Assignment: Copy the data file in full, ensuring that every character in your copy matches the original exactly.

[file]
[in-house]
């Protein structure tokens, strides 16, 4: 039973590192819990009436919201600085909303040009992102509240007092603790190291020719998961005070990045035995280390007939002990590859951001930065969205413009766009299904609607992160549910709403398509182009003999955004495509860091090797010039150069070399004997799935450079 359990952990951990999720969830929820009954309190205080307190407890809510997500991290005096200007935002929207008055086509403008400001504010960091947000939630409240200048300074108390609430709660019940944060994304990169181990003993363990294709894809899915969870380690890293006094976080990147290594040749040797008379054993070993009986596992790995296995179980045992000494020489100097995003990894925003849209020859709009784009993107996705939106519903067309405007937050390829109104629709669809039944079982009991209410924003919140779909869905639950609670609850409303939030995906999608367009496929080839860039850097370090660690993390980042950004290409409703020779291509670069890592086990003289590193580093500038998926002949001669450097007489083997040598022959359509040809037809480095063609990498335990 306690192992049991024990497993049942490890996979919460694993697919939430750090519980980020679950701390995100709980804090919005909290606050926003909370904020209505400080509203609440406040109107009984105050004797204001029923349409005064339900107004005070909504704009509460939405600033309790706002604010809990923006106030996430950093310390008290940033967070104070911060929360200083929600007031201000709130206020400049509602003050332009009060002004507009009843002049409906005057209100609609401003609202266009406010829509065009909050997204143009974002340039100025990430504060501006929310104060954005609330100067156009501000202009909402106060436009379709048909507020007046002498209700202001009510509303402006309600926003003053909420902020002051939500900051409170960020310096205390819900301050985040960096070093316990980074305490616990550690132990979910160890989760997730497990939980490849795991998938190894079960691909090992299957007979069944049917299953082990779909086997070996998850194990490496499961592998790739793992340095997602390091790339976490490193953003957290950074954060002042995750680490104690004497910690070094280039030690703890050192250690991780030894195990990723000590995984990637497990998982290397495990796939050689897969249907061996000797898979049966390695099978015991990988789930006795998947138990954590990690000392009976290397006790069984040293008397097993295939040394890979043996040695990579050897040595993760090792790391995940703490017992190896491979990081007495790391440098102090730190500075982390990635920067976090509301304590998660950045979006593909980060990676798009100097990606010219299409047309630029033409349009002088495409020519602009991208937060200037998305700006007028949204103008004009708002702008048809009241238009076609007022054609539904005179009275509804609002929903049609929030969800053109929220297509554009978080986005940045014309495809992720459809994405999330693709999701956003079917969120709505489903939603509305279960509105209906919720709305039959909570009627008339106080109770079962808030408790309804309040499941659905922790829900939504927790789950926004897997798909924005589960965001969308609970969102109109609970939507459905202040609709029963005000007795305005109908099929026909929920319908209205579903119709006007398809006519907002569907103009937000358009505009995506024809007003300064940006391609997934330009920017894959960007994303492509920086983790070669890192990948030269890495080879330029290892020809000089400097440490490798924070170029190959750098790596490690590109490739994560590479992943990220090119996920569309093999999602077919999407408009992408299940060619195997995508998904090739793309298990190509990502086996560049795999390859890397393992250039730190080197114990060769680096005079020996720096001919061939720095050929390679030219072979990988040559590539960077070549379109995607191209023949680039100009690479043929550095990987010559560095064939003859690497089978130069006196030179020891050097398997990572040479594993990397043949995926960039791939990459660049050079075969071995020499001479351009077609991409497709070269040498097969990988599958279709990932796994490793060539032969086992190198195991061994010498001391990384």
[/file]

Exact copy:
[in-house]
């Protein structure tokens, strides 16, 4: 039973590192819990009436919201600085909303040009992102509240007092603790190291020719998961005070990045035995280390007939002990590859951001930065969205413009766009299904609607992160549910709403398509182009003999955004495509860091090797010039150069070399004997799935450079 359990952990951990999720969830929820009954309190205080307190407890809510997500991290005096200007935002929207008055086509403008400001504010960091947000939630409240200048300074108390609430709660019940944060994304990169181990003993363990294709894809899915969870380690890293006094976080990147290594040749040797008379054993070993009986596992790995296995179980045992000494020489100097995003990894925003849209020859709009784009993107996705939106519903067309405007937050390829109104629709669809039944079982009991209410924003919140779909869905639950609670609850409303939030995906999608367009496929080839860039850097370090660690993390980042950004290409409703020779291509670069890592086990003289590193580093500038998926002949001669450097007489083997040598022959359509040809037809480095063609990498335990 306690192992049991024990497993049942490890996979919460694993697919939430750090519980980020679950701390995100709980804090919005909290606050926003909370904020209505400080509203609440406040109107009984105050004797204001029923349409005064339900107004005070909504704009509460939405600033309790706002604010809990923006106030996430950093310390008290940033967070104070911060929360200083929600007031201000709130206020400049509602003050332009009060002004507009009843002049409906005057209100609609401003609202266009406010829509065009909050997204143009974002340039100025990430504060501006929310104060954005609330100067156009501000202009909402106060436009379709048909507020007046002498209700202001009510509303402006309600926003003053909420902020002051939500900051409170960020310096205390819900301050985040960096070093316990980074305490616990550690132990979910160890989760997730497990939980490849795991998938190894079960691909090992299957007979069944049917299953082990779909086997070996998850194990490496499961592998790739793992340095997602390091790339976490490193953003957290950074954060002042995750680490104690004497910690070094280039030690703890050192250690991780030894195990990723000590995984990637497990998982290397495990796939050689897969249907061996000797898979049966390695099978015991990988789930006795998947138990954590990690000392009976290397006790069984040293008397097993295939040394890979043996040695990579050897040595993760090792790391995940703490017992190896491979990081007495790391440098102090730190500075982390990635920067976090509301304590998660950045979006593909980060990676798009100097990606010219299409047309630029033409349009002088495409020519602009991208937060200037998305700006007028949204103008004009708002702008048809009241238009076609007022054609539904005179009275509804609002929903049609929030969800053109929220297509554009978080986005940045014309495809992720459809994405999330693709999701956003079917969120709505489903939603509305279960509105209906919720709305039959909570009627008339106080109770079962808030408790309804309040499941659905922790829900939504927790789950926004897997798909924005589960965001969308609970969102109109609970939507459905202040609709029963005000007795305005109908099929026909929920319908209205579903119709006007398809006519907002569907103009937000358009505009995506024809007003300064940006391609997934330009920017894959960007994303492509920086983790070669890192990948030269890495080879330029290892020809000089400097440490490798924070170029190959750098790596490690590109490739994560590479992943990220090119996920569309093999999602077919999407408009992408299940060619195997995508998904090739793309298990190509990502086996560049795999390859890397393992250039730190080197114990060769680096005079020996720096001919061939720095050929390679030219072979990988040559590539960077070549379109995607191209023949680039100009690479043929550095990987010559560095064939003859690497089978130069006196030179020891050097398997990572040479594993990397043949995926960039791939990459660049050079075969071995020499001479351009077609991409497709070269040498097969990988599958279709990932796994490793060539032969086992190198195991061994010498001391990384």